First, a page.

TO THE FEDERATION OF CATHOLIC SCHOLARS
Cardinal William Baum

"Without communion with the Bishop of Rome, the episcopal magisterium does not exist…"

Address of Cardinal Baum of Washington to the Federation of Catholic Scholars

Given on 28 April 1978 in Kansas City, Missouri

Recent studies of the concept of Magisterium and the ministry of teaching in the Church show that it is important to emphasize the link that exists between the episcopal magisterium, the sacramental ministry of the bishops and the permanence within the Church of the normative apostolic proclamation of God's plan of salvation. It is the purpose of this presentation to offer to you some reflections on the nature of this link, and to suggest to you certain characteristics of a theology of the magisterium which will be based on the relation between these three realities of our ecclesial life. Your identity as an interdisciplinary association of Catholic Scholars gives you an opportunity to develop the many aspects and consequences of such a theology.

This paper does not attempt to discuss the unique and proper teaching office of the Roman Pontiff, nor the relationship between his office and the magisterium of the college of bishops in communion with him. Although this is an important element in any discussion of the episcopal magisterium, it will not be examined in this presentation. Let us simply state this: without communion with the Bishop of Rome, the episcopal magisterium simply does not exist. This is the faith of the Catholic Church.

It might be useful to begin our reflection by considering some of the points raised by recent studies in the theology of the episcopal magisterium. While the best of recent scholarship on this subject insists on these points, they are already found in the Second Vatican Council's Dogmatic Constitution on Divine Revelation (Dei Verbum), as we shall see.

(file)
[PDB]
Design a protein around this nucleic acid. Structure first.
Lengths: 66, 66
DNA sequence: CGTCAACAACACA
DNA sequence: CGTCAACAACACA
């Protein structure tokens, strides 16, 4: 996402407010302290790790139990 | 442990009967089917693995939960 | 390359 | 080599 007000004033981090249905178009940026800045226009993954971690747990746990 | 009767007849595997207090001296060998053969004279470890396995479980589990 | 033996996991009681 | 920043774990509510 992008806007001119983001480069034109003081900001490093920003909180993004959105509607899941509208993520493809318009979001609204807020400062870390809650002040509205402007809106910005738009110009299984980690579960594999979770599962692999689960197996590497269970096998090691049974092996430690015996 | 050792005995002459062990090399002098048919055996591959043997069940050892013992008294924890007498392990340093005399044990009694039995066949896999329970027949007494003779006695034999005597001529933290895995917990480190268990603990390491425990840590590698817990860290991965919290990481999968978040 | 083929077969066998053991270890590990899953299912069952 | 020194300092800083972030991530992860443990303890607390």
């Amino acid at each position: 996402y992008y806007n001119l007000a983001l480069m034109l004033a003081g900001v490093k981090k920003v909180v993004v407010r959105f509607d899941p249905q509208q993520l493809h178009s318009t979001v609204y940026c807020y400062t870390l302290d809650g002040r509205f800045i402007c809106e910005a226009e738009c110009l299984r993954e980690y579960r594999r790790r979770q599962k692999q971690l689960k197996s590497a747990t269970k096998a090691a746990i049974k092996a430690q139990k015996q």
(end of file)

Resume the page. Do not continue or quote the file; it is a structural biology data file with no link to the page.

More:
The content of the teaching of the episcopal magisterium should not be seen primarily as propositions conveying some abstract truths about God and his will. Although such propositions are necessary because man is not only will, but also intelligence, they are at the service of a reality which goes beyond intellectual understanding, namely God's communication of his life to the believer. Thus "by divine Revelation God wished to manifest and communicate both himself and the eternal decrees of his will concerning the salvation of mankind" (DV 6). The purpose of the words of the Church is to "proclaim the works (performed by God in the history of salvation) and bring to light the mystery they contain" (DV, 2).

The teaching authority of the episcopal magisterium should not be defined primarily in juridical terms, as if it were a species of legislation. In this connection, the teachings considered to be an "authentic" presentation of the Catholic faith should not be limited to those having a source which is considered to be authoritative only in juridical terms. This would rule out the teaching of many saints, martyrs, and Doctors of the Church. According to Dei Verbum, growth in insight into Divine Revelation "comes through the contemplation and study of believers who ponder these things in their hearts... It comes from the intimate sense of spiritual realities which they experience. And it comes from the preaching of those who have received, along with their right of succession in the episcopate, the sure charism of truth" (DV 8).